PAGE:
Hedgehog Rescue… take one, come back with two!

I have had quite a special day today…. one which I feel could be the start of another project in the WildlifeKate patch!

Anyone who follows me will know that I have two hedgehog feeding stations in the garden and I live stream images from these every night. I get hedgehog visitors just about every night, with four on cam at one point. I have had a very regular visitor for the last month or so… a hedgehog that has appeared at around half ten every night. It is difficult to see clearly on an IR camera, but this little chap did not look the healthiest of individuals. His eyes were not as clear and bright as some of the other visitors and he had a very distinct limp. He did not appear to be using one of his hind legs. It is always difficult to know when to interfere with nature. This hedgehog was only appearing after dark (a hedgehog appearing in the day is usually in trouble!) and he always had a very healthy appetite. However, the leg did not appear to be improving, so last night, when he appeared on the camera, I nipped out and picked him up. He was not happy and grunted and huffed at me as I put him in the cat basket I had prepared. There was a bed of hay and moss and food and water in there. I did not attempt to examine him as I did not want to stress him further. I placed him in my porch and left him.

This morning, I rang the West Midland Hedgehog Rescue and spoke to Joan… a wonderful lady, who runs this from her home about half an hour away from me. I drove over with ‘hop- along’ in the basket and received a warm welcome… Joan even recognised me from Springwatch! Check out her website HERE

It was  not long before Joan and I were chatting and taking a look at my hedgehog. As soon as he uncurled, it was clear that this little chap was covered in mites and fleas. The mites had caused his face and eyes to become quite crusted, hence his appearance on the cameras. Apart from that he was not in bad condition. Joan felt that he was actually quite a mature male and tried to take a look at his leg. He would not let her hold it and curled up tightly each time she tried. Joan was sure it was not broken, but recommended that she take him to her vet for an x-ray.

Treating him with a lice powder and injecting him to kill any internal and external parasites, Joan took him out to her ‘Hosprickle’… a purpose-built shed that houses all her hutches.

Joan explained all about the tireless work she does caring for injured and abandoned hedgehogs all over this area. Her ‘Hosprickle’ was just about full! She even had even had three tiny babies bought in this morning. They were gorgeous! I have never seen any this small.

She also introduced me to one of her favourites… a particularly friendly little female just a few months old…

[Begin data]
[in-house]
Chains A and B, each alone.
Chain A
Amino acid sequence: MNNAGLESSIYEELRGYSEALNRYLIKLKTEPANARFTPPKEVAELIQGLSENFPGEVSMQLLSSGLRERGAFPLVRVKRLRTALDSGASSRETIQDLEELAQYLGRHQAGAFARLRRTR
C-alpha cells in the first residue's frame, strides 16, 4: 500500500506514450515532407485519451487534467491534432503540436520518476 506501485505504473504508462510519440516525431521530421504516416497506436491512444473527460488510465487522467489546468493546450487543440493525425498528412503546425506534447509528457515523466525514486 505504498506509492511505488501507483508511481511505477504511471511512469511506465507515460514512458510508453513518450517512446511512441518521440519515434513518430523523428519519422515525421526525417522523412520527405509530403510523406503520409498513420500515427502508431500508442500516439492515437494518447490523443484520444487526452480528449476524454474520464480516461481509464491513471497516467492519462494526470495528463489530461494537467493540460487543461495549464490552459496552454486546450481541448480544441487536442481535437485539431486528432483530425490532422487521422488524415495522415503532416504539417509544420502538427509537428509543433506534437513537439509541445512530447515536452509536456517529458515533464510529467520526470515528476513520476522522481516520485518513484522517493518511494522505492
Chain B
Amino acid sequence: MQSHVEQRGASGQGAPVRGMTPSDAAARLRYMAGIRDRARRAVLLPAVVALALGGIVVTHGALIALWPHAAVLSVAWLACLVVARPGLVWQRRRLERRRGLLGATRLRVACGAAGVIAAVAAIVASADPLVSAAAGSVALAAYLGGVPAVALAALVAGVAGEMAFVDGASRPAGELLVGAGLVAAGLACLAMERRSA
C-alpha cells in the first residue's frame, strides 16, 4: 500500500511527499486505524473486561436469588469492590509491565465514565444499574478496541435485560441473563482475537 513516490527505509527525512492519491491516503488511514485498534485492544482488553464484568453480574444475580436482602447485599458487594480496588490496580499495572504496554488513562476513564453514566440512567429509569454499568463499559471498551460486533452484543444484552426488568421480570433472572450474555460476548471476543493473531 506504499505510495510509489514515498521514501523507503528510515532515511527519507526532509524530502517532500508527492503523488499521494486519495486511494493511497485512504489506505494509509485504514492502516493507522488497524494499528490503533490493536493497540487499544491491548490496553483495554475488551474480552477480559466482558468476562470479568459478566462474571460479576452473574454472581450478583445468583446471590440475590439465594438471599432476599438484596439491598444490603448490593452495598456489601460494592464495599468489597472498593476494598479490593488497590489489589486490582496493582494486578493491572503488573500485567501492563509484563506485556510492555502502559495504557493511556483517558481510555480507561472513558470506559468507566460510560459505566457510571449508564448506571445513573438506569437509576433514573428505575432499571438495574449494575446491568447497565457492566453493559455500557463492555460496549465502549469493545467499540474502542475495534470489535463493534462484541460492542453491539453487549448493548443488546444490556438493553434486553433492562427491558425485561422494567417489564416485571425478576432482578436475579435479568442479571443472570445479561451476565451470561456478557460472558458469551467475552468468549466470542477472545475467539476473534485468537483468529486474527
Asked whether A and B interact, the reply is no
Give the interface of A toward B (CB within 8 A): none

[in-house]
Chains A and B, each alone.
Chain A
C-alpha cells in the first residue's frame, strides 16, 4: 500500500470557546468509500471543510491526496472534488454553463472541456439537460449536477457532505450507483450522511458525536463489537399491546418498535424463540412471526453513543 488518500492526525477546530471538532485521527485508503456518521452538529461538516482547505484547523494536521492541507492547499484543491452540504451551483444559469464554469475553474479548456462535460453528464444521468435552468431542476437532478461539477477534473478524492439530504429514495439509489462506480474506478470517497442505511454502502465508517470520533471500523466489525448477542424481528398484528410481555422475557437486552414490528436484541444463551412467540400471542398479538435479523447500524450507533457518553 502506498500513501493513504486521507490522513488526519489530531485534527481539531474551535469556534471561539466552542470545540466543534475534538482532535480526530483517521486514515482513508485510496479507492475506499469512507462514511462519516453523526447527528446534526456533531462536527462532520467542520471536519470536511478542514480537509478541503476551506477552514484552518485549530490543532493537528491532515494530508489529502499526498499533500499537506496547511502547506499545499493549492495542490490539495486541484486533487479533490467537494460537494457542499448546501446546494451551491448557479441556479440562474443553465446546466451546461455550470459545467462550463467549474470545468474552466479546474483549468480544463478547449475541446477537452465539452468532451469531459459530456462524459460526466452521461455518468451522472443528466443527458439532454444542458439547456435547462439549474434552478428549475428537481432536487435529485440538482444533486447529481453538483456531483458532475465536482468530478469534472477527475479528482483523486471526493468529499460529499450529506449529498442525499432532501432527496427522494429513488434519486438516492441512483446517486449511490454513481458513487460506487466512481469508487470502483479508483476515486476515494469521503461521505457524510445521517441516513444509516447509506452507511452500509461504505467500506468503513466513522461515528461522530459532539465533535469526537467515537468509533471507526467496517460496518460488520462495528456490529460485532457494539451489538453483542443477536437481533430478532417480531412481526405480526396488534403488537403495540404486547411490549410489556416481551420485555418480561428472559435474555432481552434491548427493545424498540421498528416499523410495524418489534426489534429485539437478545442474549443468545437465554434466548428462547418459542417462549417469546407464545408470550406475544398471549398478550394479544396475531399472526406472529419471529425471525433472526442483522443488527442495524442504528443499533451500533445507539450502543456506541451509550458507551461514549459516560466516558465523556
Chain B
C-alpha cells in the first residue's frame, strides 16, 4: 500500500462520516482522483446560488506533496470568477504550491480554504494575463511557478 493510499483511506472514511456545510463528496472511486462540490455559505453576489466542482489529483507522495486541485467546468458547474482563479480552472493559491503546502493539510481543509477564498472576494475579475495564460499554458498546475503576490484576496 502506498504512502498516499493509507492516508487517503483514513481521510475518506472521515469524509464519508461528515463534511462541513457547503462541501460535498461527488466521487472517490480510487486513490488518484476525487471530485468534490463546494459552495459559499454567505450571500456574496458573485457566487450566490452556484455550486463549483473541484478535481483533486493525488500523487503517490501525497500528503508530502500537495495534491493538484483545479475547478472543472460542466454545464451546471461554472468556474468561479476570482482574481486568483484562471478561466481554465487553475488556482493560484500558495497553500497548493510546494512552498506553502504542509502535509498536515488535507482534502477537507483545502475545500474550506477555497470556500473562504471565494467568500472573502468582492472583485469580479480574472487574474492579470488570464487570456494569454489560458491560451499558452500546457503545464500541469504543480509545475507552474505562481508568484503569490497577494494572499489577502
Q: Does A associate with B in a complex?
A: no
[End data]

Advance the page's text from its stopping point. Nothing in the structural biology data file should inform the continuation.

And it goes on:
I offered to help Joan in any way I could and told her about the wildlife work I do and all about my garden. Straight away, she said that I could help her by releasing some of her well hedgehogs! They needed a soft release: That means that you have them in a run for a little while in your garden. They spend a week or so here, with a hedgehog box, food and water so they get used to their new environment. Then, you open one end of the pen so that they can come and choose when to go. You still have the house there and food and water and they can gradually wean themselves off of your support as they wander further afield. 

It sounded perfect! I was more than happy to help and we loaded two little girls into my cat basket. These girls had been brought in very small and Joan had hand reared them. I was excited about bringing them home and having the chance to take a closer look and have them in my patch.

As I drove home, I thought about how I was going to make a run big enough for them. I remembered the planters that Phil had made me for the show that we stacked in my garage… they would be perfect. I had a spare hedgehog box in a corner that no one had used, so I was set. A couple of hours of drilling and affixing and I created a hedgehog pen!

I gently removed the girls from their cat basket and we all had a little hold. We had a friend’s son round, Jack, and he was keen to help and hold one too. As these wonderful creature are nocturnal, we rarely have the chance to look at them up close … they are the most appealing and gorgeous of creatures and these two were are very sweet. 

I placed them in the run and they were soon exploring. It was not long before they discovered the food and water, and then the house. I checked on them later and they were both asleep in the hay.

I am looking forward to looking after these two youngsters and have called them ‘Lily’ and Lilac’. I will be marking them so I can recognise them on my cams in the future. I may also try to get a cam in their pen tomorrow.

I have a feeling that his is only the beginning!  Joan and I hit it off straight away… so wonderful to see some dedicate their life to the care of animals in the way she has. I think more hedgehogs will be coming my way in the future and I hope ‘Hop-along-Cassidy’ will be ok and back in my patch soon too.